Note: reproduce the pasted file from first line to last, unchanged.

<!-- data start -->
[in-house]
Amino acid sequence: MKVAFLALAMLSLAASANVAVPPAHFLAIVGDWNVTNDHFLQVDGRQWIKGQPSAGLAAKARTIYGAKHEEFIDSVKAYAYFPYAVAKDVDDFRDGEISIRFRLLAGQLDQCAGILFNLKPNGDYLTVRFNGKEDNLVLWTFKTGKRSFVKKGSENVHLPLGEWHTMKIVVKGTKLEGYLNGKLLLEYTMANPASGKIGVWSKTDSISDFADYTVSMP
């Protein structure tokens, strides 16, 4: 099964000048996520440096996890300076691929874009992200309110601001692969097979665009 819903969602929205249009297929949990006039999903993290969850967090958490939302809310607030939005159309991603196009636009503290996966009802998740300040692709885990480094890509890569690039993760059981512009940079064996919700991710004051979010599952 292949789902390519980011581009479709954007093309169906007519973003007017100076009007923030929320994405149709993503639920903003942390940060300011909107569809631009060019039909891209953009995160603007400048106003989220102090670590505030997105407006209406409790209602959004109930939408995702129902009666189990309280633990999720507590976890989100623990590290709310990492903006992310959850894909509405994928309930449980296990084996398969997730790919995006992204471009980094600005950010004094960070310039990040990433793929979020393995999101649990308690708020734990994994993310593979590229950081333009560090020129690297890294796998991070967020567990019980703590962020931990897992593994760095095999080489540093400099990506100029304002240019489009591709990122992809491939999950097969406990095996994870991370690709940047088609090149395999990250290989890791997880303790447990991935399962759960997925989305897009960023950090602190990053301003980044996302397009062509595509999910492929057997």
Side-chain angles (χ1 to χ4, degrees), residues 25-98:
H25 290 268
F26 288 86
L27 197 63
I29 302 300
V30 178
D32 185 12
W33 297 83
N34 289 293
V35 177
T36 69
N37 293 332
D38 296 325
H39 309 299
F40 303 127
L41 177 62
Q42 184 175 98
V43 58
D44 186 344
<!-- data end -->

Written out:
[in-house]
Amino acid sequence: MKVAFLALAMLSLAASANVAVPPAHFLAIVGDWNVTNDHFLQVDGRQWIKGQPSAGLAAKARTIYGAKHEEFIDSVKAYAYFPYAVAKDVDDFRDGEISIRFRLLAGQLDQCAGILFNLKPNGDYLTVRFNGKEDNLVLWTFKTGKRSFVKKGSENVHLPLGEWHTMKIVVKGTKLEGYLNGKLLLEYTMANPASGKIGVWSKTDSISDFADYTVSMP
């Protein structure tokens, strides 16, 4: 099964000048996520440096996890300076691929874009992200309110601001692969097979665009 819903969602929205249009297929949990006039999903993290969850967090958490939302809310607030939005159309991603196009636009503290996966009802998740300040692709885990480094890509890569690039993760059981512009940079064996919700991710004051979010599952 292949789902390519980011581009479709954007093309169906007519973003007017100076009007923030929320994405149709993503639920903003942390940060300011909107569809631009060019039909891209953009995160603007400048106003989220102090670590505030997105407006209406409790209602959004109930939408995702129902009666189990309280633990999720507590976890989100623990590290709310990492903006992310959850894909509405994928309930449980296990084996398969997730790919995006992204471009980094600005950010004094960070310039990040990433793929979020393995999101649990308690708020734990994994993310593979590229950081333009560090020129690297890294796998991070967020567990019980703590962020931990897992593994760095095999080489540093400099990506100029304002240019489009591709990122992809491939999950097969406990095996994870991370690709940047088609090149395999990250290989890791997880303790447990991935399962759960997925989305897009960023950090602190990053301003980044996302397009062509595509999910492929057997």
Side-chain angles (χ1 to χ4, degrees), residues 25-98:
H25 290 268
F26 288 86
L27 197 63
I29 302 300
V30 178
D32 185 12
W33 297 83
N34 289 293
V35 177
T36 69
N37 293 332
D38 296 325
H39 309 299
F40 303 127
L41 177 62
Q42 184 175 98
V43 58
D44 186 344